“Our program is fulfilling a lot of it already,” McCord said. “We’ve always focused on critical thinking skills, especially in language arts — it’s something we’ve done for 35 years.”

McCord said they already approach curriculum with a lot of the depth of knowledge aspects promoted by Common Core and have 1:1 technology integration.

At Pacific Ridge School in Carlsbad, educators trigger the standards’ goals regarding depth of learning and collaboration by doing seminar learning, according to Pacific Ridge’s website. An average class of 15 students “sits around the table with the teacher in the ‘Harkness’ method, tasking students to share opinions and ideas and forming well-supported arguments on the subjects they are discussing.”

At Horizon Prep, educators employ a Classical model based on the trivium (a grammar stage, a logic stage and a rhetoric stage) that already places an emphasis on critical thinking, higher order reasoning and problem solving, according to Brent Hodges, Horizon Prep elementary vice principal.

“In essence, the students need to learn how to learn. The content of the curriculum is what schools use as the clay to form knowledge, but the emphasis is on the learning and equipping students to understand their thinking process and learning how to learn so that in any aspect of school or life they have the ability to think critically and take it to the next level,” said Hodges. “In this sense, Classical schools are years beyond what Common Core is currently attempting to just begin.”

In addition to new standards, Common Core also brings a new assessment test for students. The Smarter Balanced Assessment Consortium is writing the new test, which will no longer include multiple choice or true and false questions. Sixty percent of the test will be performance-based tasks and the majority will be performed on computers.

The consortium will do field tests in California between March and June for students in third through eighth grade.

McCord said as CCSS assessment tests are still developing, they are taking a “wait and see” approach.

“We want to see what it looks like and whether it makes sense and gives us information that can help improve our program or not,” McCord said.

Students at Del Mar Pines currently take the Stanford Achievement Tests and Otis-Lennon School Ability Tests.

Private high schools have to keep watch on the assessment tests as well, as SATs and ACTs will also be rewritten to align with the new standards.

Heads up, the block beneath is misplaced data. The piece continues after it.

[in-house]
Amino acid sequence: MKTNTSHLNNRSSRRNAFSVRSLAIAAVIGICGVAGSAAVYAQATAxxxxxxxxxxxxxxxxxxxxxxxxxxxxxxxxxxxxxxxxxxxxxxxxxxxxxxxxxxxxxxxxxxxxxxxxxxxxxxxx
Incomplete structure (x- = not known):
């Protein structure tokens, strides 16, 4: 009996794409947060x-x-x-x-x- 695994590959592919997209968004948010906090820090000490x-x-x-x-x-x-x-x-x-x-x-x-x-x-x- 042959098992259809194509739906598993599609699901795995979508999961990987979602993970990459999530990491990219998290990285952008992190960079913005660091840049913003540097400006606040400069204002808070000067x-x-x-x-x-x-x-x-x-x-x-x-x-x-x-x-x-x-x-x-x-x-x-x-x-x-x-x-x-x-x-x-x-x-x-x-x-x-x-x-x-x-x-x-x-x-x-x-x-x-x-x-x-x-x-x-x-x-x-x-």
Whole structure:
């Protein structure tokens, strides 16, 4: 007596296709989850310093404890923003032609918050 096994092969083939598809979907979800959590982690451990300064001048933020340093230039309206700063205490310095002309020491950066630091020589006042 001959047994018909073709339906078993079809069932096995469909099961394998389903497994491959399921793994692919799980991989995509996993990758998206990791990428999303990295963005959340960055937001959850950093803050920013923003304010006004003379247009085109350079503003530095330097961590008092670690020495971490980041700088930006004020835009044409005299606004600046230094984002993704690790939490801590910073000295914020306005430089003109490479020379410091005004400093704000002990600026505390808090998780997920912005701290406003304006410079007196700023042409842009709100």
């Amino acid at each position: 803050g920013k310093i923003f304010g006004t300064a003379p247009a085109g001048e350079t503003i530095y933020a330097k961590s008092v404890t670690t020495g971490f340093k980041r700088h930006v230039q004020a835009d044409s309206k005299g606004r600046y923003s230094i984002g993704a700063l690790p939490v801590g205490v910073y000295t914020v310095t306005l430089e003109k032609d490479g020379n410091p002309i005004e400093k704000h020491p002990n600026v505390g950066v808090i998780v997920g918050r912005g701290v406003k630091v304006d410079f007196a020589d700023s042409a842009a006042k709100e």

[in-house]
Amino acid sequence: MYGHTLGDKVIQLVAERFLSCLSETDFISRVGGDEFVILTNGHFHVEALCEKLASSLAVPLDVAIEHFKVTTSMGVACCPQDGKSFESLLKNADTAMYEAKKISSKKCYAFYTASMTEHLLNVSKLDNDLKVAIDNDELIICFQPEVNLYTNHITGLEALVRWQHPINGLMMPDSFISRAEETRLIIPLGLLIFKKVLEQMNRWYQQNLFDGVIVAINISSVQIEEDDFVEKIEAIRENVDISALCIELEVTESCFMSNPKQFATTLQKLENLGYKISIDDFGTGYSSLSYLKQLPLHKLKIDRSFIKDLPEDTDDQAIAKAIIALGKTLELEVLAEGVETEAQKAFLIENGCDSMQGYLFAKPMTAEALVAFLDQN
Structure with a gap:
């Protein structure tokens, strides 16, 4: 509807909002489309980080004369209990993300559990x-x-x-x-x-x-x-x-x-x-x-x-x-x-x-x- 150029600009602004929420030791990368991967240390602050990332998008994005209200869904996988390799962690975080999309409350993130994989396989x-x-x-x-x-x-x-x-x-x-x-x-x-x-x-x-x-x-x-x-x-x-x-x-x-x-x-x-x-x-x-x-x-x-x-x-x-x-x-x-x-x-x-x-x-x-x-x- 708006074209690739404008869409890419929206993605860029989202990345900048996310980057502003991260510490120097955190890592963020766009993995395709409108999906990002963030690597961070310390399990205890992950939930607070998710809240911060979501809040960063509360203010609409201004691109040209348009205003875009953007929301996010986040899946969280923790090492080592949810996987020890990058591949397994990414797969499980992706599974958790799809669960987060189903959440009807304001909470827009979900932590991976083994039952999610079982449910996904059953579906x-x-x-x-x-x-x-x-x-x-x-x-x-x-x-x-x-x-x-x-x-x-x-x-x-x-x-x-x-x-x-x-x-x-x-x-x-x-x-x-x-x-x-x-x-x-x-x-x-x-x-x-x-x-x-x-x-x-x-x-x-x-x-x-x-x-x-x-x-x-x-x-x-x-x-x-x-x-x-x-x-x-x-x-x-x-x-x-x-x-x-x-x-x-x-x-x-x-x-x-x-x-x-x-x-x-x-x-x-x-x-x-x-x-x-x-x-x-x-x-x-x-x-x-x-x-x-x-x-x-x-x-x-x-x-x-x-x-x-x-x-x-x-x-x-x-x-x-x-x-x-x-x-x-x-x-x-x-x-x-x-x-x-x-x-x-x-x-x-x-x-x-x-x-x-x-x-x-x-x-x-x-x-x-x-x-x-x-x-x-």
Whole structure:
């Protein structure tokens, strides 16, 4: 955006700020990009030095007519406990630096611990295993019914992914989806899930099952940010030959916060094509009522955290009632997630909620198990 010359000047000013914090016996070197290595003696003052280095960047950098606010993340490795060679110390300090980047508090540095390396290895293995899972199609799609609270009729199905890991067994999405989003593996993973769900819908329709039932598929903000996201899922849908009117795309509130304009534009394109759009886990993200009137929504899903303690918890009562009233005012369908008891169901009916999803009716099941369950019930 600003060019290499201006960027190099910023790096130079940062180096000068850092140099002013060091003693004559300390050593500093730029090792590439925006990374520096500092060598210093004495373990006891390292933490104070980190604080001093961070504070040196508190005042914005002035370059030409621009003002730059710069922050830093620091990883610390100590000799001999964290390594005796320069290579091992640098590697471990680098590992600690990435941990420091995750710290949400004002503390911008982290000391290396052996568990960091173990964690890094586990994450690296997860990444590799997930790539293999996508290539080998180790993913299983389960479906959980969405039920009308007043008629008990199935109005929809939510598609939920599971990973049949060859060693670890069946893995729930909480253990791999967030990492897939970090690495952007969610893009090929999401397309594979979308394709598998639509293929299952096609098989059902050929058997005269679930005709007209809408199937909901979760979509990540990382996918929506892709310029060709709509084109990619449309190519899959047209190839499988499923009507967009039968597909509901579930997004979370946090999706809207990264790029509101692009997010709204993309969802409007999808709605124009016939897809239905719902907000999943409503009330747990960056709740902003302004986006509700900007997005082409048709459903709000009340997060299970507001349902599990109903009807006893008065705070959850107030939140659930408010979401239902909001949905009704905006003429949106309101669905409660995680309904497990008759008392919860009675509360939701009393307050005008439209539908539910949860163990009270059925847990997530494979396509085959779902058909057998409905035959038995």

The architect of the Common Core, David Coleman, is the current president of the College Board and is redesigning the SAT, targeting the introduction of the new test in 2015.

“Our kids need to do well on those exams so when the College Board made that announcement two years ago that they were aligning with the Common Core, it gave the Common Core more teeth...” said Matt Hannan, Santa Fe Christian upper school principal.

As the main goal of Santa Fe Christian and Carmel Valley’s Cathedral Catholic High School as college preparatory institutions is getting students into college, the schools are keeping an eye on the tests to make sure their students are fully prepared.

“At this point we are not rushing to change our whole curriculum to reflect Common Core Standards,” said Sharon Rublacava, assistant principal of academics at Cathedral Catholic High School. “The college entrance tests and the approval process of curriculum through the UCs are going to reflect certain aspects of the Common Core. So we are offering professional development opportunities to faculty to learn more about how we can meet the needs of the students yet stay in control of our curriculum.”

Bennett said the crux of Common Core’s success will be how well prepared the schools are to implement the changes. McCord agreed that much will depend on preparation as so much is being asked of the teachers.

Bennett said his greatest fear is that some of Common Core’s great ideas will not have a chance to be successful because they aren’t given enough time. A change this big, he said, is going to require a lot of time.

“We’re going to need some grace as we’re going through this because it’s going to be a learning curve for everybody,” Bennett said, noting the curve will apply to teachers, students and parents alike. “I think it’s where we need to go philosophically, there’s no question, but it’s going to take some time collectively to get there. We’re asking teachers to teach in a way they’ve never taught before.”